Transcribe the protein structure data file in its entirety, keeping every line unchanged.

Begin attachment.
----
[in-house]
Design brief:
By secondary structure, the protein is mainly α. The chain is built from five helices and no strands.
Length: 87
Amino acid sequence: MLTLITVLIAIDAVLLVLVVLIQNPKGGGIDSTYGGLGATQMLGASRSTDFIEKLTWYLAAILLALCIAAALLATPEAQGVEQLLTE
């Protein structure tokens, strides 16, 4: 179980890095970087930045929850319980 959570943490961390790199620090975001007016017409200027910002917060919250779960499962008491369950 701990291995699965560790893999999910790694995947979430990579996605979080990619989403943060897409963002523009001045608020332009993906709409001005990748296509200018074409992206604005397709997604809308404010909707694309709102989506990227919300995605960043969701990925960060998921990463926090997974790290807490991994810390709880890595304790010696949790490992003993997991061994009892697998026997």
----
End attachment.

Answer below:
[in-house]
Design brief:
By secondary structure, the protein is mainly α. The chain is built from five helices and no strands.
Length: 87
Amino acid sequence: MLTLITVLIAIDAVLLVLVVLIQNPKGGGIDSTYGGLGATQMLGASRSTDFIEKLTWYLAAILLALCIAAALLATPEAQGVEQLLTE
């Protein structure tokens, strides 16, 4: 179980890095970087930045929850319980 959570943490961390790199620090975001007016017409200027910002917060919250779960499962008491369950 701990291995699965560790893999999910790694995947979430990579996605979080990619989403943060897409963002523009001045608020332009993906709409001005990748296509200018074409992206604005397709997604809308404010909707694309709102989506990227919300995605960043969701990925960060998921990463926090997974790290807490991994810390709880890595304790010696949790490992003993997991061994009892697998026997």